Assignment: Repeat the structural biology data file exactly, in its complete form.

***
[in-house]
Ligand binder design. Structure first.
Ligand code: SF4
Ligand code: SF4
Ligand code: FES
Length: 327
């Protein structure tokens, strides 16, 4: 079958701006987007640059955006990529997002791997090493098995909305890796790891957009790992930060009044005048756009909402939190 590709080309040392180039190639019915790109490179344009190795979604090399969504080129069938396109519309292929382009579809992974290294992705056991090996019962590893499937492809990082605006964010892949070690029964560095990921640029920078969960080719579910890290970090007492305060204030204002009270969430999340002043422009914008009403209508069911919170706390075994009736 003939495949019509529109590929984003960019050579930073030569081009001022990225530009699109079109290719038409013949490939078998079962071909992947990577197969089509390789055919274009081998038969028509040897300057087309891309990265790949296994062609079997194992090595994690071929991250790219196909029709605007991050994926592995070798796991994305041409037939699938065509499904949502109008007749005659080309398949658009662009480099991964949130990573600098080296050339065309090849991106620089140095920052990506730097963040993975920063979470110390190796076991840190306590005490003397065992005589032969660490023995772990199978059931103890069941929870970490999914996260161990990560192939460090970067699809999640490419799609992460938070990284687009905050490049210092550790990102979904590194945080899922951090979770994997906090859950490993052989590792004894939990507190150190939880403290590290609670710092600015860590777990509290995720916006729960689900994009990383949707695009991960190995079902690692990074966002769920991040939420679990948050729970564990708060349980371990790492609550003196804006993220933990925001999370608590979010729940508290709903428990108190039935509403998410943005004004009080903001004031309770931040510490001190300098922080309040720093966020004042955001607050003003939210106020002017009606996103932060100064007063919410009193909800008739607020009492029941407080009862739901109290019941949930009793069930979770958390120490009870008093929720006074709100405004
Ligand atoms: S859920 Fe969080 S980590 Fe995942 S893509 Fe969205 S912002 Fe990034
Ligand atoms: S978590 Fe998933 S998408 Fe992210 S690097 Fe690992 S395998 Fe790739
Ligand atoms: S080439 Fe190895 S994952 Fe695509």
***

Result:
[in-house]
Ligand binder design. Structure first.
Ligand code: SF4
Ligand code: SF4
Ligand code: FES
Length: 327
């Protein structure tokens, strides 16, 4: 079958701006987007640059955006990529997002791997090493098995909305890796790891957009790992930060009044005048756009909402939190 590709080309040392180039190639019915790109490179344009190795979604090399969504080129069938396109519309292929382009579809992974290294992705056991090996019962590893499937492809990082605006964010892949070690029964560095990921640029920078969960080719579910890290970090007492305060204030204002009270969430999340002043422009914008009403209508069911919170706390075994009736 003939495949019509529109590929984003960019050579930073030569081009001022990225530009699109079109290719038409013949490939078998079962071909992947990577197969089509390789055919274009081998038969028509040897300057087309891309990265790949296994062609079997194992090595994690071929991250790219196909029709605007991050994926592995070798796991994305041409037939699938065509499904949502109008007749005659080309398949658009662009480099991964949130990573600098080296050339065309090849991106620089140095920052990506730097963040993975920063979470110390190796076991840190306590005490003397065992005589032969660490023995772990199978059931103890069941929870970490999914996260161990990560192939460090970067699809999640490419799609992460938070990284687009905050490049210092550790990102979904590194945080899922951090979770994997906090859950490993052989590792004894939990507190150190939880403290590290609670710092600015860590777990509290995720916006729960689900994009990383949707695009991960190995079902690692990074966002769920991040939420679990948050729970564990708060349980371990790492609550003196804006993220933990925001999370608590979010729940508290709903428990108190039935509403998410943005004004009080903001004031309770931040510490001190300098922080309040720093966020004042955001607050003003939210106020002017009606996103932060100064007063919410009193909800008739607020009492029941407080009862739901109290019941949930009793069930979770958390120490009870008093929720006074709100405004
Ligand atoms: S859920 Fe969080 S980590 Fe995942 S893509 Fe969205 S912002 Fe990034
Ligand atoms: S978590 Fe998933 S998408 Fe992210 S690097 Fe690992 S395998 Fe790739
Ligand atoms: S080439 Fe190895 S994952 Fe695509």